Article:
The housing market is still holding back Idaho’s economy. Or is it the other way around?
At the national and local levels, the housing market has not rebounded despite better overall economic conditions. In a report released June 21, the National Association of Realtors said that existing-home sales in the United States decreased 3.8 percent in May as compared to April of this year. The seasonally adjusted annual rate of existing-home sales now stands at 4.81 million — well off the rate of 6.5 million seen in 2006.
The association's report added that the housing market in Western states was holding up better. May sales of existing homes in the West were unchanged at an annual pace of 1.17 million.
At the state level, the association tracks the sale of all single-family homes and apartment condos. In the most recent report for Idaho, about 42,800 homes are selling at an annual rate, up more than 9 percent over last year.
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The quantity of houses on the market and selling in Idaho and the West may be stabilizing, but prices continue to fall. The median price of a home in the West was $192,300, down nearly 13 percent since May of last year.
The association also tracks the sales of existing homes in 19 metropolitan areas. The closest study area to Boise is Portland, where sales are down 16.1 percent and prices are off 7.1 percent over the past year. According to online real-estate information firm Zillow.com, the median list price for homes in Idaho is down more than 4 percent in May over last year.
Economists look at the housing market as they do any other market by analyzing supply and demand. If the market quantity bought and sold is rising but prices are falling, one of two things must be true. First, prices fall and quantity rises when supply increases and demand holds constant. The second possibility is that both demand and supply are increasing, but the supply increase is outpacing the rise in demand.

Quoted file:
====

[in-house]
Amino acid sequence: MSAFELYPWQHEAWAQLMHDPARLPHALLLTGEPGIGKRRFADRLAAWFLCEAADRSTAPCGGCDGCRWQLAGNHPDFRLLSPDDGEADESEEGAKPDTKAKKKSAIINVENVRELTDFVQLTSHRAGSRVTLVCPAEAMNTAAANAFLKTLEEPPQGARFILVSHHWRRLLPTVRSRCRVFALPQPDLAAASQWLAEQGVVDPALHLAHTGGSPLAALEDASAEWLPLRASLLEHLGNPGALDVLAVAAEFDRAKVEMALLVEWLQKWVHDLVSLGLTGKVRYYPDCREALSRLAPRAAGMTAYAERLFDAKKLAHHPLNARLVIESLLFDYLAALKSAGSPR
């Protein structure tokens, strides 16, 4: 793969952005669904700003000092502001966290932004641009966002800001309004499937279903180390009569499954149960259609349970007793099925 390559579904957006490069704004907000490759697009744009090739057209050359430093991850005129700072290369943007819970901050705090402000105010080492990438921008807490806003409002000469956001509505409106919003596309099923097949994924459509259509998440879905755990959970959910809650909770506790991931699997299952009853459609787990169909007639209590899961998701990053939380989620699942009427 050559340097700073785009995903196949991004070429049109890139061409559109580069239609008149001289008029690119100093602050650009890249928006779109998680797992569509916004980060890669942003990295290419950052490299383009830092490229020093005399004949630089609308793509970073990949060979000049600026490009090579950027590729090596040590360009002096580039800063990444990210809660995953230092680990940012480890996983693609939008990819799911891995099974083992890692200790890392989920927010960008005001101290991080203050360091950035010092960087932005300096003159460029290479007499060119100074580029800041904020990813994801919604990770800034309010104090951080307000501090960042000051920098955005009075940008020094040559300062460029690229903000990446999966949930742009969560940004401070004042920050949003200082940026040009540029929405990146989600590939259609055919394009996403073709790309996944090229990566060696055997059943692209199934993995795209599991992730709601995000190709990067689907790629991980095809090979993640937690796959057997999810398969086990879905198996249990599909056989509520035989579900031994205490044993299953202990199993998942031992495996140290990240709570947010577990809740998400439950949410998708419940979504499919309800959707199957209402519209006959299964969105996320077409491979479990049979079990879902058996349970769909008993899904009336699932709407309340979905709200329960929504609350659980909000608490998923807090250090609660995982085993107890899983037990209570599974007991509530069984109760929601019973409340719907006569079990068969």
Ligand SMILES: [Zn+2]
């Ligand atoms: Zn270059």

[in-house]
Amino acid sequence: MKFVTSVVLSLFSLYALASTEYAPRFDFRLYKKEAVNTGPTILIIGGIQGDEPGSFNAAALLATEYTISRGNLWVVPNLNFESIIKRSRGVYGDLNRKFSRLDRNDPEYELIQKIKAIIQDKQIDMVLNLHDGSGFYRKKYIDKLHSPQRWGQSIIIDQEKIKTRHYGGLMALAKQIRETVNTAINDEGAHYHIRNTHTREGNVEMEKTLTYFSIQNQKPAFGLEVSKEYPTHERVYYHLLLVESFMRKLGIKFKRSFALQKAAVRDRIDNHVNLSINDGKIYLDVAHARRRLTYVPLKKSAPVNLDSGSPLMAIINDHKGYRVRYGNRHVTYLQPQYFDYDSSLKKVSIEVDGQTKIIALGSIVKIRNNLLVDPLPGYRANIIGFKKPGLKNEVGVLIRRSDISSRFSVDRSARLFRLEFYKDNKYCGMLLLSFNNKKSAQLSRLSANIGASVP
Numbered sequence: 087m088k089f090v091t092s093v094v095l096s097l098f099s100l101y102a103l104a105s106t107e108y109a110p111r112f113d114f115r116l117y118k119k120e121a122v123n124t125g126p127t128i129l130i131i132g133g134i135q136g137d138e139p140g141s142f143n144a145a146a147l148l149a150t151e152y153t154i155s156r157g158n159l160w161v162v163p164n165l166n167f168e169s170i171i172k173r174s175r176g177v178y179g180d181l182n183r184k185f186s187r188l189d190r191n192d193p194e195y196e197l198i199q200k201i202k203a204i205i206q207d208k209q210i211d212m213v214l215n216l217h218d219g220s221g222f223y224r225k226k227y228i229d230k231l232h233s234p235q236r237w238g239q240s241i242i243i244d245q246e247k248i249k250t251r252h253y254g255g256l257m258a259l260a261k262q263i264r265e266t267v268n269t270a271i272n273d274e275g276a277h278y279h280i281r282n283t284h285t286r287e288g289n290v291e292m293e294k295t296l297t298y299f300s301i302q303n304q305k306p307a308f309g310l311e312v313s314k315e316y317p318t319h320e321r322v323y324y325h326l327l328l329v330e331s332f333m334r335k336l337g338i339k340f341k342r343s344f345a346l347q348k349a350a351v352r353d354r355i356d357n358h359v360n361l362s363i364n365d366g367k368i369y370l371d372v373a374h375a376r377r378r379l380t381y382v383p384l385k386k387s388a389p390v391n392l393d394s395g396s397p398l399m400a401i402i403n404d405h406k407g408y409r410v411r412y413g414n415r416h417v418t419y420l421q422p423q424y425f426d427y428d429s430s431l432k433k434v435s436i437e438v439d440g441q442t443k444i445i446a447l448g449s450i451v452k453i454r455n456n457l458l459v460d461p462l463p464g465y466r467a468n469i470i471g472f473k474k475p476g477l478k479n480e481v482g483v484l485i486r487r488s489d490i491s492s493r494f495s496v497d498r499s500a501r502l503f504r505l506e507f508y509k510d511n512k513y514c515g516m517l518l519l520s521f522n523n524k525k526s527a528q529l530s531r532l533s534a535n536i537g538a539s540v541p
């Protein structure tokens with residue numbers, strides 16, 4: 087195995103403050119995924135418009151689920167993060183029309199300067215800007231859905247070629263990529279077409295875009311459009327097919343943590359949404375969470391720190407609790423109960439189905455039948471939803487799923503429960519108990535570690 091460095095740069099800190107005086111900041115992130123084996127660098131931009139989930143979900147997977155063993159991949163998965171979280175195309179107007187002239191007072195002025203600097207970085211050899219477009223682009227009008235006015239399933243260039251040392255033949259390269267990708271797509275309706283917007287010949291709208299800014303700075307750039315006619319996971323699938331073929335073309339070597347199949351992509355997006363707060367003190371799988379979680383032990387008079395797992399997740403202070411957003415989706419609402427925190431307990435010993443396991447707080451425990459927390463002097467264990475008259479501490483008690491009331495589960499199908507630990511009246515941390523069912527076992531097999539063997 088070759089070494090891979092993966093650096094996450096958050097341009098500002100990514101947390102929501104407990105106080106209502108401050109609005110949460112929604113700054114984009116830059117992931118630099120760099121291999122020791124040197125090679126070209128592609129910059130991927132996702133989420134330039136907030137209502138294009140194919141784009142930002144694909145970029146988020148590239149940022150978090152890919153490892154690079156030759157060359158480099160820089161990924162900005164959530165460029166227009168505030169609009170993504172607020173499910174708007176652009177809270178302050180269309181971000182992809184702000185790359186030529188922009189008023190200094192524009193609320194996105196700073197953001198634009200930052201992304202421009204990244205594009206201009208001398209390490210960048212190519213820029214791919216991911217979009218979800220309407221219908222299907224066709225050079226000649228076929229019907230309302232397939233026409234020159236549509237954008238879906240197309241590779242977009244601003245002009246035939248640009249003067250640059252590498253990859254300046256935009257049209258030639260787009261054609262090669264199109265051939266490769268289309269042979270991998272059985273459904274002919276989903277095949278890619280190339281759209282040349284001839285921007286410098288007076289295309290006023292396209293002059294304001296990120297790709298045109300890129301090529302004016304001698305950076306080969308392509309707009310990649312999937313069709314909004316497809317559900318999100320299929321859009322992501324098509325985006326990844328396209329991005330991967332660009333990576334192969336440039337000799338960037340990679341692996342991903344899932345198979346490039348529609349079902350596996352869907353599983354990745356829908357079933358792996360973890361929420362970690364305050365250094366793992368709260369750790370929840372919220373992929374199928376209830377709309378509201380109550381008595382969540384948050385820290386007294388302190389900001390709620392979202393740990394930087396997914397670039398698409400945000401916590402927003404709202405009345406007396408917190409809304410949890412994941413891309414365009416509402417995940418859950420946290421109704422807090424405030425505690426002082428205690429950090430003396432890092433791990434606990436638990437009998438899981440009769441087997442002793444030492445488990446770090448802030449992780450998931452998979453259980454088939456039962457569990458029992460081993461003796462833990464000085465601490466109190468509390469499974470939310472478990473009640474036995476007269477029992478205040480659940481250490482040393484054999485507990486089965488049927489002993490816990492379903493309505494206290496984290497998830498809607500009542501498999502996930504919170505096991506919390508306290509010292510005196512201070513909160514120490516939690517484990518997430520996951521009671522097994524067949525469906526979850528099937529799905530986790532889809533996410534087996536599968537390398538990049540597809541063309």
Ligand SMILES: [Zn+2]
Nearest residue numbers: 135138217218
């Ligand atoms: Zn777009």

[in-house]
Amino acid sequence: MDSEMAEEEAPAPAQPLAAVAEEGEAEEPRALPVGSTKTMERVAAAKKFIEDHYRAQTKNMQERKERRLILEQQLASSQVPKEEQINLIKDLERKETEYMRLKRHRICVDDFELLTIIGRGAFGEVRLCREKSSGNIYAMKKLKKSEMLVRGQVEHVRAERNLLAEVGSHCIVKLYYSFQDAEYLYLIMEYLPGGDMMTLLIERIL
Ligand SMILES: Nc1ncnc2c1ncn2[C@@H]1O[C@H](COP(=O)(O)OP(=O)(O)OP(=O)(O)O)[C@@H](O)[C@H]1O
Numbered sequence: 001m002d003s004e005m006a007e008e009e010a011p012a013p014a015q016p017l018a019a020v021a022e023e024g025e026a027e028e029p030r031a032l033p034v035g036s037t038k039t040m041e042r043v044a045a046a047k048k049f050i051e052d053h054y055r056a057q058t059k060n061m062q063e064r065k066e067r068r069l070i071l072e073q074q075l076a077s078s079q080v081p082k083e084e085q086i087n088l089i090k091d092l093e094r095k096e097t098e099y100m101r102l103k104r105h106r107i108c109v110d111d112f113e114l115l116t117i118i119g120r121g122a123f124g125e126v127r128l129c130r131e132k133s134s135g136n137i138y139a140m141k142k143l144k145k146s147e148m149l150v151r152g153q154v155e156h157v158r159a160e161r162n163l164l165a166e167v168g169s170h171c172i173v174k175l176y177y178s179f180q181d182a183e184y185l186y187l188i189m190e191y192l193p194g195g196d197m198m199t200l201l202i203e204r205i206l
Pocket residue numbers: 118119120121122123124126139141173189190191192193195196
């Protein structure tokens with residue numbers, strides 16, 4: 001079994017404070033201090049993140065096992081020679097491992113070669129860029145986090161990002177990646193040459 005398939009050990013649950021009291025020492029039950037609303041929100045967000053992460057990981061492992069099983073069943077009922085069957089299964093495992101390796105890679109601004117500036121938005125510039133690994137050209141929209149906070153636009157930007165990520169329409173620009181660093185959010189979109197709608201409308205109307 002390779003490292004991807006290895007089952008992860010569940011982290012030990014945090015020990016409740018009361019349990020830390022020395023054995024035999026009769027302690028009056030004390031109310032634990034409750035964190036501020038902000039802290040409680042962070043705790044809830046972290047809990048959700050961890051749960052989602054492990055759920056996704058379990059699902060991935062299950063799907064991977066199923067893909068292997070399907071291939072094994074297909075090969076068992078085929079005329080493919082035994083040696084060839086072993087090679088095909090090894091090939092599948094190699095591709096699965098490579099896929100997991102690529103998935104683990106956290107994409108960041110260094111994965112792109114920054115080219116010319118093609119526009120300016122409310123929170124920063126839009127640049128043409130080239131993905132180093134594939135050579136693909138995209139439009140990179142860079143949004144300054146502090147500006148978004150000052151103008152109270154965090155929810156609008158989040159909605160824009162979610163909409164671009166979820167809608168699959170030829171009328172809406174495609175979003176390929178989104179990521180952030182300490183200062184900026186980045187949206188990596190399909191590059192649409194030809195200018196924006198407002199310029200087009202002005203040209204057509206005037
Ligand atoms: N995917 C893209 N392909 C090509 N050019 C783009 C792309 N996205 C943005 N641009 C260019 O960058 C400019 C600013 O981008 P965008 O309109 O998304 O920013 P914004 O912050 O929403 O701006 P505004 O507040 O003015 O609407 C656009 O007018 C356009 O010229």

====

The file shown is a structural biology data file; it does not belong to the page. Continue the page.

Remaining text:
Neither scenario bodes well for improving Idaho’s overall economy. Lower home values can discourage consumer spending, the largest component of gross domestic product at both the state and national levels.
Housing demand is unlikely to catch up with supply until the employment situation improves.
The Idaho Department of Labor reported that even though the state’s seasonally adjusted unemployment rate fell in May, employers are hiring at less than the seasonal norm. Total non-farm jobs in Idaho were down 1,800 in May compared to last year.
Even with a growing economy over the next year, the level of state employment is unlikely to rise to a point that would bring back the home prices we saw in 2007. According to the most recent forecast from State Economist Derek Santos, non-farm employment in Idaho will grow at an average rate of 2.8 percent over the next 18 months, raising total employment in the state to about 638,000 jobs. This is still nearly 20,000 below the state’s peak employment of June 2007.
Idaho’s economy won’t benefit from higher housing demand any time soon. Only more and better jobs for Idaho workers will get us back on our feet.
PETER CRABB Professor of finance and economics at Northwest Nazarene University in Nampa.